BREAKFAST BAY, TOBAGO

On the eastern side of Man-O-War Bay, this reef is accessible only by boat. The rocky shoreline extends underwater to house branching and bouldering corals on submerged rocks and abundant fish life seeking refuge between the reef and the rocks.

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ST GILES ISLAND, TOBAGO

Located north of Charlotteville, this island is a bird sanctuary and home to a number of nesting species, including the Magnificent Frigatebird and the Brown Booby. Coral reefs surrounding St Giles are exposed to high currents that form reefs dominant in brain corals that cover the shallow areas.

LITTLE TOBAGO, TOBAGO

Little Tobago is the larger island located in Speyside Bay. This island is home to marvels both above and below the water including one of the largest brain corals in the Western Hemisphere. Coral reefs encircle Little Tobago. The island is an important nesting site for marine birds, including the Red-billed Tropic Bird.

MT IRVINE BAY, TOBAGO

Mt Irvine Bay is a popular spot for surfing and diving in southwest Tobago. Mt Irvine reef, also known as the Flying Dutchman, extends out to the eastern headland. This fringing reef transitions from soft coral to hard coral as you move out from the bay. The back end of Mt Irvine reef is Mt Irvine Wall, which has a few swim throughs and overhangs where schools of fish hang out.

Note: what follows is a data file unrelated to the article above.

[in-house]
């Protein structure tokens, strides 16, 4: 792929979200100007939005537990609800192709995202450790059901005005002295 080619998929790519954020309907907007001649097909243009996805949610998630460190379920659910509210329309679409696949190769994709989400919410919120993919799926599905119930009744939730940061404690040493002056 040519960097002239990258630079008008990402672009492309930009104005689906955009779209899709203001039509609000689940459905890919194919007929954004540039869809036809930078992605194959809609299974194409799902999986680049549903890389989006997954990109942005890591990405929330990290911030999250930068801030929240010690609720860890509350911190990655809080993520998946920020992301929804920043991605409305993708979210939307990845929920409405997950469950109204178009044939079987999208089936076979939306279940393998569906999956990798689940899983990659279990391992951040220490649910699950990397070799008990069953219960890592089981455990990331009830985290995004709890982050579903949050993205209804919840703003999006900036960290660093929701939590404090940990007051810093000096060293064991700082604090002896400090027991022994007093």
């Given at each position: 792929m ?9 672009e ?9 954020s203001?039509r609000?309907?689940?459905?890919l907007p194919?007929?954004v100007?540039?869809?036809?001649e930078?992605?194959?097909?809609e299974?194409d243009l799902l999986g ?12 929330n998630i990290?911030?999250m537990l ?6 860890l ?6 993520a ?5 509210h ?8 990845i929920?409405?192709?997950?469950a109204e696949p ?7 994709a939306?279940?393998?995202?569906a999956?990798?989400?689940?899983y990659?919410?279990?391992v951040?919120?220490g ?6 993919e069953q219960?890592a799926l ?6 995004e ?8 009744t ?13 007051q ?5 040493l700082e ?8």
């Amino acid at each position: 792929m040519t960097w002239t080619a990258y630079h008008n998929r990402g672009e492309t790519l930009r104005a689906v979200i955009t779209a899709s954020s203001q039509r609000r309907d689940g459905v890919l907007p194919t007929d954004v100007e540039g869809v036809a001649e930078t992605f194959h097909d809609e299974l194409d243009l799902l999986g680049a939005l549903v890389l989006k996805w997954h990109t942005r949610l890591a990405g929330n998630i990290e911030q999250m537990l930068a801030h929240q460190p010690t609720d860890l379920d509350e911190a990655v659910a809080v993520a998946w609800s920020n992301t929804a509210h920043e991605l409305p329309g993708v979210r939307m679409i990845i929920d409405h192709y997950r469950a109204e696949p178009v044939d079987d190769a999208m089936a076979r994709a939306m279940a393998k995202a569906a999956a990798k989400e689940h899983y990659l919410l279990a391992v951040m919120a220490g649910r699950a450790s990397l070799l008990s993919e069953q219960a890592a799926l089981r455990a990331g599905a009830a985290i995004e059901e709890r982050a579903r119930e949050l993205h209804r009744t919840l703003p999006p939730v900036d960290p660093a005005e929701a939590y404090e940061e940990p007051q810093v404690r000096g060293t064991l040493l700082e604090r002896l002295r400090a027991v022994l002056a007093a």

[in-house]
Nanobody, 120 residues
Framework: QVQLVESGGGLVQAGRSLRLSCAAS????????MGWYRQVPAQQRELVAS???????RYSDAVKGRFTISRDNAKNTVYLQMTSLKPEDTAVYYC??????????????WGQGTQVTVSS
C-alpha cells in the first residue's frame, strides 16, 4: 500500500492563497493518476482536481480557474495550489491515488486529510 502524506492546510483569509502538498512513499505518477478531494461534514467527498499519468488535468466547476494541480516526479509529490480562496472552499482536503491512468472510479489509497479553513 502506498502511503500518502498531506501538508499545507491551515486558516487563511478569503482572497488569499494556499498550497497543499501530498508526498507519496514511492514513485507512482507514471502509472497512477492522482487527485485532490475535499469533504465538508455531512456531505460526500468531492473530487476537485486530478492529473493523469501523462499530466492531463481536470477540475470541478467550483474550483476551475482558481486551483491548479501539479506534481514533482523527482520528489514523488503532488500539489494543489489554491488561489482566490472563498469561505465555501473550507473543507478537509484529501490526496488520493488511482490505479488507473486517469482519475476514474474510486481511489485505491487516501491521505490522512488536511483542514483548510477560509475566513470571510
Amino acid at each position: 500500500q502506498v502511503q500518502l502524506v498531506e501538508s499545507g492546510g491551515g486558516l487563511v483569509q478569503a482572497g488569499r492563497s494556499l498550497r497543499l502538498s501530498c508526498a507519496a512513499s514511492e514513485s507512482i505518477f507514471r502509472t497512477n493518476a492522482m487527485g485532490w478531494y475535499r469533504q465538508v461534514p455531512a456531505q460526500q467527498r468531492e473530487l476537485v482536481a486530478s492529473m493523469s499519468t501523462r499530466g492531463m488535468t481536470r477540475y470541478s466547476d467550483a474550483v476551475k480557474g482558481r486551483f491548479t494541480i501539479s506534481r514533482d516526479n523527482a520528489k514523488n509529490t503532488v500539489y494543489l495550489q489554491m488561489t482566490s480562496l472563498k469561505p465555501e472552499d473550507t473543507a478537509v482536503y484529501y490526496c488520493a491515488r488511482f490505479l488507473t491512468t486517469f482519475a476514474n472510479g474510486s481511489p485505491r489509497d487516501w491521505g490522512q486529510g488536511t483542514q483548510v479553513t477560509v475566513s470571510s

CULLODEN BAY, TOBAGO

Culloden Bay is home to a unique spur and groove coral reef formed by water movement. The growth of corals over time has created these rocky underwater spurs that project out to sea like fingers. Each spur is separated by a sandy groove where one can find turtles, eels and lionfish lurking.

PLYMOUTH REEF, TOBAGO

Just off Plymouth Point (adjacent to the Plymouth recreational grounds), this well-developed spur and groove reef is dominant in sea plumes and sea rods.

HERMITAGE REEF, TOBAGO

Hermitage reef lies along the eastern side of Man-O-War Bay, Charlotteville, adjacent to Hermitage Bay. With no coastal development nearby, this coral reef is home to the endangered branching Elkhorn corals in the shallows. Farther down the reef slope, giant mountain star coral colonies extend from 7 m to 15 m in depth, creating underwater structures for numerous marine creatures.

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